The pictured boughs. And o'er the stirless lake
Dreamed the swift, wimpling waters sudden brake
Among the willows on its brink--and flowers
Of scarlet, shining-clean from summer showers;
And Eblis said, "Cold praise a friend should spare
This picture true. Certain naught else will dare
Vie with such beauty."
Archly Lilith took
The rose from her bright hair, and lightly shook
The dewdrop from its heart. "I loving, touch,"
She said, "these petals smooth. O, Eblis, such
Give to thy painted blooms; give its cool sheen
Of morningtide, the mossy, lush leaves green
That fold it round. Give its faint, fragrant breath,
When with the fickle breeze it dallieth.
Nay, fairer still my rose than gilded screen,
Though it be limned with perfect art, I ween."
Thereat smiled Eblis bitterly. "I bring
One parting gift," he said, "a dainty thing;
Perchance in other time it will recall
One who strove long and patiently through all
These days to win thy praise." An oval plane
Of crystal gave he her; of fleck or stain
Clear-gleaming. Of ivory carven fine
The frame. And when she looked, "Divine,"
He laughed, "the beauty it enshrines. Canst claim
Aught else is fairer?" And Lilith again
Gazed in the glass, her face beholding there,
Her pink flushed cheeks, her yellow streaming hair.
Quick came her breath. "O prince," she slowly said,
"Fair is the stranger. Bid those lips so red
Speak once to Lilith. For methinks the voice
Of such in music flowed. Let me rejoice
Therein." "O glorious counterfeit!" cried
He. "Lovelier is not on this earth wide!
Behold, sweet Lilith, 'tis thine own pure face
That lends my happy mirror perfect grace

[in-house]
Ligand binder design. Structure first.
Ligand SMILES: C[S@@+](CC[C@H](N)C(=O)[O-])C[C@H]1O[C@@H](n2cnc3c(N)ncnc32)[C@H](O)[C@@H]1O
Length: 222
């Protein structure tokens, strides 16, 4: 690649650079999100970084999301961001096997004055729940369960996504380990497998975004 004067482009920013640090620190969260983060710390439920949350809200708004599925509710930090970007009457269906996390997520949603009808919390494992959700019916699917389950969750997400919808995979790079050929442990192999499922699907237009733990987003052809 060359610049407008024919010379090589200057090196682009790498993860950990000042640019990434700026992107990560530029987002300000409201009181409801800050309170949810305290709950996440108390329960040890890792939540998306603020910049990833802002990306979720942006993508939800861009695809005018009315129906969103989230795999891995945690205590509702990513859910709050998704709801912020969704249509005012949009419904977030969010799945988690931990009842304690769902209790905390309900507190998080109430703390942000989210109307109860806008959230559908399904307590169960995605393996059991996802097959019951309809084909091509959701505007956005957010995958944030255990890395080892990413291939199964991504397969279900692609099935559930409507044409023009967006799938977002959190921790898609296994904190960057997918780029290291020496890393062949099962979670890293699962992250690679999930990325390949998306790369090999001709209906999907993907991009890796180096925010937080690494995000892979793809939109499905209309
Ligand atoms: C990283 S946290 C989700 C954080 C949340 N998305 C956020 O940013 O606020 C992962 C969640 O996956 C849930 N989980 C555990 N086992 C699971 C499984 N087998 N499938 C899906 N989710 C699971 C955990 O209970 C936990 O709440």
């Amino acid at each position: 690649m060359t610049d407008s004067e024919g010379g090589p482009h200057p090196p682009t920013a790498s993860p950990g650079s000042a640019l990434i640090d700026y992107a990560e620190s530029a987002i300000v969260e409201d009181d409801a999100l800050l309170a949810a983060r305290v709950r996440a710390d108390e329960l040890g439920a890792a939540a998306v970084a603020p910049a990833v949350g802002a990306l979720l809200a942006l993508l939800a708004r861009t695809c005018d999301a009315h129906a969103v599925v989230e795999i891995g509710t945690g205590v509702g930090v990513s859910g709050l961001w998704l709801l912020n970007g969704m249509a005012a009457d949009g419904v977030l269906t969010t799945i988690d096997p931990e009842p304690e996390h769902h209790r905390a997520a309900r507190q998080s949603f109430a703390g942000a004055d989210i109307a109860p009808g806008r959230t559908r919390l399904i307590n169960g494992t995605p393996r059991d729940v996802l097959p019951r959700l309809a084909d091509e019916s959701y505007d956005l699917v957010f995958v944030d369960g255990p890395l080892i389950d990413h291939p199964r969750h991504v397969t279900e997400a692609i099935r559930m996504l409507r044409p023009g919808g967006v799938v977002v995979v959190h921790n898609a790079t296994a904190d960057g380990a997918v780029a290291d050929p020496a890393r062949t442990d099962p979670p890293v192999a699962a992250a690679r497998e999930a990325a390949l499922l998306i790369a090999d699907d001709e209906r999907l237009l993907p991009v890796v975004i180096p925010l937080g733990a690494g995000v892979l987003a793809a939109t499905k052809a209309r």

It else had not. Bid thou thine image speak!
No other happiness I elsewhere seek,
If the soft tale she whispers be of me."
And Lilith answered gravely, "I know thee,
Eblis. Master indeed of all crafts thou--
Red Sard, and marble sphere, and agile prow
Of pinnace light well wroughten were by thee
And decked full fair. And, beauteous to see,
Fine woven weft and web, and the tall screen
O'errun with painted bloom, crystal, with gleam
Of Lilith's face--thou madest these. Mayhap
Beetle and asp likewise didst tint--didst wrap
The green about my rose, and richly fringe
My cocoa-tree, or peacock's train didst tinge
With dazzling hues. Methought thou wert a prince,
But now Lilith should humbly kneel, since
Thou art far higher than she deemed, if thou
Madest these wondrous things." And lowly now
As she would kneel, she drew anigh. But he
Cried, shrinking, "Nay, I made them not." And she
Low questioned, "Eblis, tell me who then, did make
Them all. Who set the creeping hooded snake
And stealthy pard within the thorny brake,
And spread the sea, and wreathed the waterfall
With foam? Who reared the hoar hills, towering tall
Above the lands?" With eyes wild flashing, low
He groaned: "O Lilith, ask me not. My foe
He was--he is. Trembles with wrath my frame
If I but faintly breathe his awful name."
Lilith replied, "Meseemeth, master true
Of every craft is He."
Forth the two
From that drear cavern passed. Ere the water's brim